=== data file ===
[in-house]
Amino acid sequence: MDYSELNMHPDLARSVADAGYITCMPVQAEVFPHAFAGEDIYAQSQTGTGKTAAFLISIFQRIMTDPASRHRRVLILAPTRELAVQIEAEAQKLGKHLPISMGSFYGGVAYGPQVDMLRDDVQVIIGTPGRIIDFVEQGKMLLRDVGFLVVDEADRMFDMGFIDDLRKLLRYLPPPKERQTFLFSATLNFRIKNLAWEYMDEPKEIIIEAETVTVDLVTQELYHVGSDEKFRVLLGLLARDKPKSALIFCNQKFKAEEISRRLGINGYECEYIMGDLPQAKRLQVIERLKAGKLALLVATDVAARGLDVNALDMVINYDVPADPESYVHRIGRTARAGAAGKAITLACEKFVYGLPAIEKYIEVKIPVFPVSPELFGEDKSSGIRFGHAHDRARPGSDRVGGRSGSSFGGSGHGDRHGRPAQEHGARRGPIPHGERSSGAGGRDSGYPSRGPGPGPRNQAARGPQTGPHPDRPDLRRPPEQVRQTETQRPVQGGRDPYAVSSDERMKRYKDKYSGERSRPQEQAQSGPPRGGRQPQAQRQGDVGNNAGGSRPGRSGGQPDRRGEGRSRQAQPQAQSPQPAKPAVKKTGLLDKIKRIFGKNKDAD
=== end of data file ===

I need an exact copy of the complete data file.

[in-house]
Amino acid sequence: MDYSELNMHPDLARSVADAGYITCMPVQAEVFPHAFAGEDIYAQSQTGTGKTAAFLISIFQRIMTDPASRHRRVLILAPTRELAVQIEAEAQKLGKHLPISMGSFYGGVAYGPQVDMLRDDVQVIIGTPGRIIDFVEQGKMLLRDVGFLVVDEADRMFDMGFIDDLRKLLRYLPPPKERQTFLFSATLNFRIKNLAWEYMDEPKEIIIEAETVTVDLVTQELYHVGSDEKFRVLLGLLARDKPKSALIFCNQKFKAEEISRRLGINGYECEYIMGDLPQAKRLQVIERLKAGKLALLVATDVAARGLDVNALDMVINYDVPADPESYVHRIGRTARAGAAGKAITLACEKFVYGLPAIEKYIEVKIPVFPVSPELFGEDKSSGIRFGHAHDRARPGSDRVGGRSGSSFGGSGHGDRHGRPAQEHGARRGPIPHGERSSGAGGRDSGYPSRGPGPGPRNQAARGPQTGPHPDRPDLRRPPEQVRQTETQRPVQGGRDPYAVSSDERMKRYKDKYSGERSRPQEQAQSGPPRGGRQPQAQRQGDVGNNAGGSRPGRSGGQPDRRGEGRSRQAQPQAQSPQPAKPAVKKTGLLDKIKRIFGKNKDAD